Tuesday, October 28, 2008

Mt Falcon

Recently Phil and I went riding with our neighbor, Jim, and his buddy Matt at Jefferson County's Mt Falcon Open Space Park. [Jim and Phil, below.]

Mt Falcon is one of Jefferson County’s (“JeffCo”) Open Space Parks. JeffCo has at least 9 top-ranked mountain bike trails – several of which are simply too technical for me and Phil to ride. But Mt. Falcon is one we can ride.

Oh sure, there are a couple stretches where prudence dictates dismounting and a short hike, but one thing we’re pretty good at is climbing, and Mt Falcon has that in spades. If you ride up the Castle trail you climb about 1800 feet in 3.5 miles.

Here is a fun video of the trail: http://www.youtube.com/watch?v=RMuk4m7ieCU

Jim & Matt are former snowboard racers, so going fast downhill doesn’t bother them a bit. Watching them effortlessly ride over the waterbars and easily clear each switchback at Mt Falcon was inspiring. Perhaps a bit too inspiring, as Phil biffed at least twice trying to clear obstacles Jim and Matt levitated over.

We went back after work a few days later and it was my turn to take a digger.

Crashing going uphill takes a certain amount of skill and panache. Nothing like an excruciatingly slow speed crash to give you time to contemplate how much it is going to hurt when you finally hit those rocks. Then, you need either the Jaws of Life or your patient biking buddy to extricate you from the tangled up mess of still clipped-in shoes, upside-down bike and rocks/cactus/other sharp pointy things.

It makes me happy to know that I’m not the only one to have the experience, though.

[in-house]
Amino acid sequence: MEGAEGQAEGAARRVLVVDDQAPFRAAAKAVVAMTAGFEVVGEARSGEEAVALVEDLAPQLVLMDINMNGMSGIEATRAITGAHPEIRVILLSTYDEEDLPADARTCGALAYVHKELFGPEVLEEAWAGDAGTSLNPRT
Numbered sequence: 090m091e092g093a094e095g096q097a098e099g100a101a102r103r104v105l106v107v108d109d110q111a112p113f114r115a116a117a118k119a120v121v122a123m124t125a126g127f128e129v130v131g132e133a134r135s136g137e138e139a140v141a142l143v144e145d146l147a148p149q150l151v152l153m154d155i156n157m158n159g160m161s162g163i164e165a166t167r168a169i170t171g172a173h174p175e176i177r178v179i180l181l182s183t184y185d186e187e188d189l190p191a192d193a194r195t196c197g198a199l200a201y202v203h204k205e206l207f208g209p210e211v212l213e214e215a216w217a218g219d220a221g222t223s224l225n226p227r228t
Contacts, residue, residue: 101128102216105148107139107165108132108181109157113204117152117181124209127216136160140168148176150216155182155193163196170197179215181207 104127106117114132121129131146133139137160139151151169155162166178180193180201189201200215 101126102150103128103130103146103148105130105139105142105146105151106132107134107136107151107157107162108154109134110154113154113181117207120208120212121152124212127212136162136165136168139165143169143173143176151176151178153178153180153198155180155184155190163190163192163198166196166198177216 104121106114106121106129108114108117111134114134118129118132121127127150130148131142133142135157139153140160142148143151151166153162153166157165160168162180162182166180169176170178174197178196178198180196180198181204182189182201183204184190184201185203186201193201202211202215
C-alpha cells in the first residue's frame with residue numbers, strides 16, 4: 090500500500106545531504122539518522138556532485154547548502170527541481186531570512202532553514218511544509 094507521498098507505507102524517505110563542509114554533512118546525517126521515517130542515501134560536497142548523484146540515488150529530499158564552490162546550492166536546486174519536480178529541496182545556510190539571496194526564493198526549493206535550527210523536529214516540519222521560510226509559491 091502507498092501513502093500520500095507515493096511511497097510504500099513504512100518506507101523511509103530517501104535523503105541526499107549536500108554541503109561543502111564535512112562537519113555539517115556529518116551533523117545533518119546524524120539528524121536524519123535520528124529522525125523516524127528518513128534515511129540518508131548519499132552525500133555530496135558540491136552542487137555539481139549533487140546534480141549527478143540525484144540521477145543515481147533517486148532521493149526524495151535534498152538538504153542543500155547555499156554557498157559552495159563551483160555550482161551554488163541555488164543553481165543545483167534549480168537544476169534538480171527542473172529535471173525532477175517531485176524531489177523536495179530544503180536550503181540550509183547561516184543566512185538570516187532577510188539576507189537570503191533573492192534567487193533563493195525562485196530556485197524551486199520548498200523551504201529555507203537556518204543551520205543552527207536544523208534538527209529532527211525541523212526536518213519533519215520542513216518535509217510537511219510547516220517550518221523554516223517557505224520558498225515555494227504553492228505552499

Here is a brief excerpt from Fat Cyclist:
Hairpins on the Mountain

While a hairpin on a road descent can be terrifying and a hairpin during a road climb can somehow be a respite, a tight hairpin on a mountain bike — a turn with a radius less than the length of your wheelbase — is…complex.

First, you’ve got to shed all your speed. And then you start the turn.

Slowly. Smooth if you can, but more likely herky-jerky. If you’re me.

And then there’s the point you hit the apex of the turn. It’s a magic moment. You’re briefly stalled out, and either about to squeak out of the corner and roll out triumphant, or find that your front wheel is at too sharp an angle to the rest of your bike, and fall over on your side (unless you’re lucky enough to clip out in time, in which case I would argue that you weren’t fully committed to the attempt).

When you make it, though — when you slide around a hairpin that you’ve never cleaned, or even one you only clean half the time — you get that wild moment of elation, a moment that can only be described as “magic.”

And that goes double if the guy behind you falls over.

Sunday we went back for another try. It was a crisp, clear, autumn day. We ran into our friends Paul (above) and Linda who were trail running at Mt Falcon. Paul is training for a marathon so he's trying to get in some quality miles while the weather holds.

Just beyond where we met Paul and Linda on the trail we came across a baby rattlesnake sunning itself on a switchback. The day before we had seen a 3-footer up on South Table Mtn, so this guy looked puny. I guess the snakes are no different from the humans - just trying to get out in the sun any chance we get before winter moves in.

1 comment:

  1. Riding with you
    is always an
    Excellent Day!